Events at Clontarf were also celebrated in Norse literature. The most famous account is found in the thirteenth-century Icelandic Njáls saga, but shorter descriptions appear in other sagas. These stories intertwine history and drama. They reflect an interest in Gaelic affairs that resulted from the Icelanders’ knowledge that many of their ancestors had originally come from the Hebrides and Ireland. Because the sagas share details in common with Irish stories, it is thought that their authors had access to an Irish written source, or that a Norse saga about Brian Boru was composed in Ireland or Scotland in the eleventh century and then circulated in Viking colonies farther afield.

 
During the later Middle Ages, Brian’s victory at Clontarf continued to be celebrated in Irish bardic poetry, particularly because the island was troubled by another set of foreigners, the English. (It is noteworthy that the term often used for the English was Gaill, ‘foreigners’, the same as that used for the Vikings.) Some expressed hope that another king like Brian might rise up to crush the foreign oppressors. As circumstances worsened for the Irish during the seventeenth century, there was a flurry of prose writing about Brian Boru, perhaps to inspire or comfort people during troubled times. The tale known as Cath Chluana Tarbh (‘The Battle of Clontarf’) was the most popular, and this coloured later narratives. One such narrative was ‘The Dublin Annals of Inisfallen’, written in the eighteenth century for John O’Brien, bishop of Cloyne and Ross and a descendant of the victor of Clontarf.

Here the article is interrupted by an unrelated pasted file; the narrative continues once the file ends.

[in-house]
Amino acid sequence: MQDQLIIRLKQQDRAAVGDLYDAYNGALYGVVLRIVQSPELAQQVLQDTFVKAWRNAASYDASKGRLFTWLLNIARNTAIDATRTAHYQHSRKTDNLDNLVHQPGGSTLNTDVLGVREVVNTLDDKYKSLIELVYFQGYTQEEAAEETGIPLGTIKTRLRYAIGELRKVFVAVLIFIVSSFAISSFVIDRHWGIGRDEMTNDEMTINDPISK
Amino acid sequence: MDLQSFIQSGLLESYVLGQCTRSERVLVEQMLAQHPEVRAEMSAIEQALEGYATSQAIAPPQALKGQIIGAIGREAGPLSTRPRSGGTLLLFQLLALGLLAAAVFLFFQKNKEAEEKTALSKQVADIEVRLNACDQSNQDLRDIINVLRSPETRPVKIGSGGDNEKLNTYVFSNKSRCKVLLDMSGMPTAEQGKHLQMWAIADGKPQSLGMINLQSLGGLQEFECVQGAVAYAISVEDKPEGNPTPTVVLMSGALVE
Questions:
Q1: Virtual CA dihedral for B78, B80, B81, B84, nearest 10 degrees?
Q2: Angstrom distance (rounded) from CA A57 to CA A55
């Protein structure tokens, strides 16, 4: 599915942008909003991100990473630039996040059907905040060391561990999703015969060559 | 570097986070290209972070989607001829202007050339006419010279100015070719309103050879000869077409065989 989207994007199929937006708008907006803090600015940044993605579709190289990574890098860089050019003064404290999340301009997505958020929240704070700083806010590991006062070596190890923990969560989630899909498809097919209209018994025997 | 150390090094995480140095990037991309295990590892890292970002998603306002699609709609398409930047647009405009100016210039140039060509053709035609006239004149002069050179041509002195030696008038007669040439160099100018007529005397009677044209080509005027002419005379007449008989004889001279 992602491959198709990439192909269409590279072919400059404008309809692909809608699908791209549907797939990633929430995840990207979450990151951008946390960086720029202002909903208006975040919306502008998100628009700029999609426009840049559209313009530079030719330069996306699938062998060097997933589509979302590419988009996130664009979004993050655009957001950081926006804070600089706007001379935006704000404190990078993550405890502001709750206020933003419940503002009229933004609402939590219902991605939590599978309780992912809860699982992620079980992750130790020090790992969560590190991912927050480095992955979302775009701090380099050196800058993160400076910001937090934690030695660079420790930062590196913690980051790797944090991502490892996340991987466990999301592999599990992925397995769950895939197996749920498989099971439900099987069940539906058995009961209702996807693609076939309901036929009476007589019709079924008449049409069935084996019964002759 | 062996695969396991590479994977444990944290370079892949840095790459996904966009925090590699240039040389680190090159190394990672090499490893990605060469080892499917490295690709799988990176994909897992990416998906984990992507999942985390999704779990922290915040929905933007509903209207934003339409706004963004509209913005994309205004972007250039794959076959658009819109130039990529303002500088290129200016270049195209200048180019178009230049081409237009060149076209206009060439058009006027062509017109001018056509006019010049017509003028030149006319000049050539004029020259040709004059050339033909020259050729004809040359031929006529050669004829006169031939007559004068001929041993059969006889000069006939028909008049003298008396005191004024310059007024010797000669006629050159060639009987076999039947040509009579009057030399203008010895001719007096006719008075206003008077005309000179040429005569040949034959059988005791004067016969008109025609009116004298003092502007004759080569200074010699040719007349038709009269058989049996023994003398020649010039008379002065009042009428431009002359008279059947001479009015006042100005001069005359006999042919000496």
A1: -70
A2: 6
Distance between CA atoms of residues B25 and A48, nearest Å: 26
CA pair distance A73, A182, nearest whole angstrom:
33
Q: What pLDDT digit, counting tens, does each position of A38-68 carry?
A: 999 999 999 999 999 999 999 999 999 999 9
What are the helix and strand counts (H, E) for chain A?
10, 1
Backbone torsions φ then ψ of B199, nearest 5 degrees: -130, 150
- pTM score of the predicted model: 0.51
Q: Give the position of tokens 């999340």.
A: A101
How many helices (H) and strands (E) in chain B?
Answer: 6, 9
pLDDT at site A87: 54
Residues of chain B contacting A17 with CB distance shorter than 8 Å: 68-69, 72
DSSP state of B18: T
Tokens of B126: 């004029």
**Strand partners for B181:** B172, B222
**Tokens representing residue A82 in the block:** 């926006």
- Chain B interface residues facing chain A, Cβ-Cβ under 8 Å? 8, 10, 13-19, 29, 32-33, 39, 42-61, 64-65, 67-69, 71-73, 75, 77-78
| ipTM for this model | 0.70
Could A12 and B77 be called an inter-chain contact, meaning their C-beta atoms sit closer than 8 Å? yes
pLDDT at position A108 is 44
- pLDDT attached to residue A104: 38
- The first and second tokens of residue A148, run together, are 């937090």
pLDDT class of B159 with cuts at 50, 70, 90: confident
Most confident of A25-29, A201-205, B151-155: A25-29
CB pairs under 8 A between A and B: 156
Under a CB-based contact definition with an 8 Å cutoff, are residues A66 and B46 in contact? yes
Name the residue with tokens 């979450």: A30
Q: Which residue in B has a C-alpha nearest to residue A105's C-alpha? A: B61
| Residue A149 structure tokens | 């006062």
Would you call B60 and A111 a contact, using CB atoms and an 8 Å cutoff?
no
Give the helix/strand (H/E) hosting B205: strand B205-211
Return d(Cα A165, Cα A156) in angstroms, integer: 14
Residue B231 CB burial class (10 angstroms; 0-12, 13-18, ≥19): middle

Over the centuries fictional elements have been added to accounts of the Battle of Clontarf. These include the introduction of magical and supernatural occurrences, for it was often believed in the Middle Ages that great events were heralded by strange wonders and prophecies. In addition, the numbers that participated in the battle grew with successive retellings. Characters also became greater or more evil, depending on whose side they were on. Thus the foreigners became more outrageously horrible, and Brian was more frequently (but not always) praised as Ireland’s greatest hero. Each of these narrative developments added to the dramatic impact of the Clontarf story.

Supernatural events

Nineteenth-century engraving of Viking warrior Brodir about to slay Brian Boru while he is kneeling in prayer.

Nineteenth-century engraving of Viking warrior Brodir about to slay Brian Boru while he is kneeling in prayer.